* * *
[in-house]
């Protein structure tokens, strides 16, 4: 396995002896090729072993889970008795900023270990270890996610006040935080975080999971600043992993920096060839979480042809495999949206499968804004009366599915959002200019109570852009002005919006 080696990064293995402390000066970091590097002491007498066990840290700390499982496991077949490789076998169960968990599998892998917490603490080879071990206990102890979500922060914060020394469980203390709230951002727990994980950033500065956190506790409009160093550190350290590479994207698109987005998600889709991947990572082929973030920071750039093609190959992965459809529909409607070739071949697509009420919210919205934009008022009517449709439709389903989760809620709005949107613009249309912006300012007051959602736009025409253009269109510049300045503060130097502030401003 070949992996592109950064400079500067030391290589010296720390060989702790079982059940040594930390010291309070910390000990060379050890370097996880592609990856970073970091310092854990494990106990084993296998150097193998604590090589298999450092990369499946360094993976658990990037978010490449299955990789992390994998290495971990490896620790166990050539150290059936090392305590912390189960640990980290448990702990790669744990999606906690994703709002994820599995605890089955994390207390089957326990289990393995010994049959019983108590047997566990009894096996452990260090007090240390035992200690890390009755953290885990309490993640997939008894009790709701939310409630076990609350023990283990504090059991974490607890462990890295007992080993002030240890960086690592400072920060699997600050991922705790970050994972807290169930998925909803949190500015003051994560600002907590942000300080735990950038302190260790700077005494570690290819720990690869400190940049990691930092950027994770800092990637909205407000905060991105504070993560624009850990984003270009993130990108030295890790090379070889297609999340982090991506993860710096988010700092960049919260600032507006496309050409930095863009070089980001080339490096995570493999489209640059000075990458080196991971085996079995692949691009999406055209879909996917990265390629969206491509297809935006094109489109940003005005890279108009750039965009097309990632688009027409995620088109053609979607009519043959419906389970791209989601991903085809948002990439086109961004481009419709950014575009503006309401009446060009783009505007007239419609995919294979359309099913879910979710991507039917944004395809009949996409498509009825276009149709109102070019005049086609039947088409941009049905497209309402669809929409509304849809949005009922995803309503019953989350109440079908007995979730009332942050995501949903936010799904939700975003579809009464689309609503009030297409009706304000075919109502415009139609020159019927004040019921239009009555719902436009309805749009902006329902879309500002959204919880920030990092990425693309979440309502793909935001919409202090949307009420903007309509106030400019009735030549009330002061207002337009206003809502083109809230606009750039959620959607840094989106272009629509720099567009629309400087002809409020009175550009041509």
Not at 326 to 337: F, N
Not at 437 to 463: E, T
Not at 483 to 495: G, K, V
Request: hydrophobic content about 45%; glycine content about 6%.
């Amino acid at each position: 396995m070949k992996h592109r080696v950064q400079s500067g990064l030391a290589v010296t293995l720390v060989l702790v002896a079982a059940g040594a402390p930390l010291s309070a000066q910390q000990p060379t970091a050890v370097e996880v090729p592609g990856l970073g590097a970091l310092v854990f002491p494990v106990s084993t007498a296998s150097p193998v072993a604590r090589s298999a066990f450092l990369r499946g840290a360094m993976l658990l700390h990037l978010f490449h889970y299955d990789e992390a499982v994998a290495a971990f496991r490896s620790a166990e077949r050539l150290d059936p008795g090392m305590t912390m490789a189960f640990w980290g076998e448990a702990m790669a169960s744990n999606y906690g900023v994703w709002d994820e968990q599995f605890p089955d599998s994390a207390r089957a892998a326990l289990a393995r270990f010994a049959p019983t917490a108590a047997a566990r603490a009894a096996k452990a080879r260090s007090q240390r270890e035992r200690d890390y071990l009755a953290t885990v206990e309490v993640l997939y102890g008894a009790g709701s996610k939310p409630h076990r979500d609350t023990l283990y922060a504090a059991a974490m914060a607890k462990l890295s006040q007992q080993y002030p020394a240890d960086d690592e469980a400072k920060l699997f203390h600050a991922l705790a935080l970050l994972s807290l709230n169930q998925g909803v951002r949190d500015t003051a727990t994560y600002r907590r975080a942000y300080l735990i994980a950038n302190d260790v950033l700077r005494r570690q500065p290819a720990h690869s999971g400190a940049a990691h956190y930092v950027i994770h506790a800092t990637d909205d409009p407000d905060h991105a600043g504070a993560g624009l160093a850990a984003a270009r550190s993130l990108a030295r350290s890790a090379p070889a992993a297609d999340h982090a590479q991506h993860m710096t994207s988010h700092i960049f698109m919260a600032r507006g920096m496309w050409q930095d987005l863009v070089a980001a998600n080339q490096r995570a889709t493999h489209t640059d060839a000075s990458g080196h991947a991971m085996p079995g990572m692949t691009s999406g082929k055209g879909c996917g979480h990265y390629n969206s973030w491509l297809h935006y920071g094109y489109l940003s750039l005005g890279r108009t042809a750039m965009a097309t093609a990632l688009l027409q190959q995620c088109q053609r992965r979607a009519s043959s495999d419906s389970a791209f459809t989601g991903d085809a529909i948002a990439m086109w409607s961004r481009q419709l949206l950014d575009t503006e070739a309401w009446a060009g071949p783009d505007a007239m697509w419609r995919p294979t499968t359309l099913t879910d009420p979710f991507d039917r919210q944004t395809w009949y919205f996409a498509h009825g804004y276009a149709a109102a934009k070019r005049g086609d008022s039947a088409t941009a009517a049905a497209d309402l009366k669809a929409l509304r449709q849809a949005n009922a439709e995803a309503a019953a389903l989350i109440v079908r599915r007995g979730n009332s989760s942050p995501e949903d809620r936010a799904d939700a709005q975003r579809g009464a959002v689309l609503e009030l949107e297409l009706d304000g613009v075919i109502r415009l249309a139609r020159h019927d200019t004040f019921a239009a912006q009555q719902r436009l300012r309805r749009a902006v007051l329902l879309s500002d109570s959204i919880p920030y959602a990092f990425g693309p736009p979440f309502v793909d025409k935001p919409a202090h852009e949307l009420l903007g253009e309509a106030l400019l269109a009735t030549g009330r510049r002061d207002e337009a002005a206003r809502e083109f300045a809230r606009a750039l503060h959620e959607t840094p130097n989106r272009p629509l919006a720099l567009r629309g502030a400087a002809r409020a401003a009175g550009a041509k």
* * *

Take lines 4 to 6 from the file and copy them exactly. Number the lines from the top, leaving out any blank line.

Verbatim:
Not at 437 to 463: E, T
Not at 483 to 495: G, K, V
Request: hydrophobic content about 45%; glycine content about 6%.